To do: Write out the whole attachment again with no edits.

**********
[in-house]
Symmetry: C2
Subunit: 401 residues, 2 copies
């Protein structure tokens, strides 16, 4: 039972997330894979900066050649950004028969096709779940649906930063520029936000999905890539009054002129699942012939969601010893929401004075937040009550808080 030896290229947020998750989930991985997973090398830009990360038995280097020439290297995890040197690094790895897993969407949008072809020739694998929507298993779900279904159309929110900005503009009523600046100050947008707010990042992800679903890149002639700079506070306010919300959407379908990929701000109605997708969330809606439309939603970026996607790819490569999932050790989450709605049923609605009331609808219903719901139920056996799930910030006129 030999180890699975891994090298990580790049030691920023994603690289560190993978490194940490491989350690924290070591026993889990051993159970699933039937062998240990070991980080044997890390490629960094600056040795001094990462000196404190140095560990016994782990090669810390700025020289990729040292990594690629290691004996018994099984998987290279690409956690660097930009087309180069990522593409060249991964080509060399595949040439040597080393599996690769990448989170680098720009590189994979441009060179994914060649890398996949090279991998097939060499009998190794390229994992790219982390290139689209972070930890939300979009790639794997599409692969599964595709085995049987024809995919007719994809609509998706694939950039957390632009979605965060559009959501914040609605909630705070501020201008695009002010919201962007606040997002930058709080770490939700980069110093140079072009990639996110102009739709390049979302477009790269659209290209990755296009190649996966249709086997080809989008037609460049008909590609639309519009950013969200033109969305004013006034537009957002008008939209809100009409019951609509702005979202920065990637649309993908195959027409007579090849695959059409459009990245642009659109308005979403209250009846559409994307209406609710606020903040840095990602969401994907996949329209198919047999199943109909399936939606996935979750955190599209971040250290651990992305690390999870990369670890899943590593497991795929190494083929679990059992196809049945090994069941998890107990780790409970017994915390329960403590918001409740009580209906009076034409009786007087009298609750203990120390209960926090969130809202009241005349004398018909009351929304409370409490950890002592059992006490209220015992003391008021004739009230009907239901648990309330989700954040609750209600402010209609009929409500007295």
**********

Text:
[in-house]
Symmetry: C2
Subunit: 401 residues, 2 copies
């Protein structure tokens, strides 16, 4: 039972997330894979900066050649950004028969096709779940649906930063520029936000999905890539009054002129699942012939969601010893929401004075937040009550808080 030896290229947020998750989930991985997973090398830009990360038995280097020439290297995890040197690094790895897993969407949008072809020739694998929507298993779900279904159309929110900005503009009523600046100050947008707010990042992800679903890149002639700079506070306010919300959407379908990929701000109605997708969330809606439309939603970026996607790819490569999932050790989450709605049923609605009331609808219903719901139920056996799930910030006129 030999180890699975891994090298990580790049030691920023994603690289560190993978490194940490491989350690924290070591026993889990051993159970699933039937062998240990070991980080044997890390490629960094600056040795001094990462000196404190140095560990016994782990090669810390700025020289990729040292990594690629290691004996018994099984998987290279690409956690660097930009087309180069990522593409060249991964080509060399595949040439040597080393599996690769990448989170680098720009590189994979441009060179994914060649890398996949090279991998097939060499009998190794390229994992790219982390290139689209972070930890939300979009790639794997599409692969599964595709085995049987024809995919007719994809609509998706694939950039957390632009979605965060559009959501914040609605909630705070501020201008695009002010919201962007606040997002930058709080770490939700980069110093140079072009990639996110102009739709390049979302477009790269659209290209990755296009190649996966249709086997080809989008037609460049008909590609639309519009950013969200033109969305004013006034537009957002008008939209809100009409019951609509702005979202920065990637649309993908195959027409007579090849695959059409459009990245642009659109308005979403209250009846559409994307209406609710606020903040840095990602969401994907996949329209198919047999199943109909399936939606996935979750955190599209971040250290651990992305690390999870990369670890899943590593497991795929190494083929679990059992196809049945090994069941998890107990780790409970017994915390329960403590918001409740009580209906009076034409009786007087009298609750203990120390209960926090969130809202009241005349004398018909009351929304409370409490950890002592059992006490209220015992003391008021004739009230009907239901648990309330989700954040609750209600402010209609009929409500007295």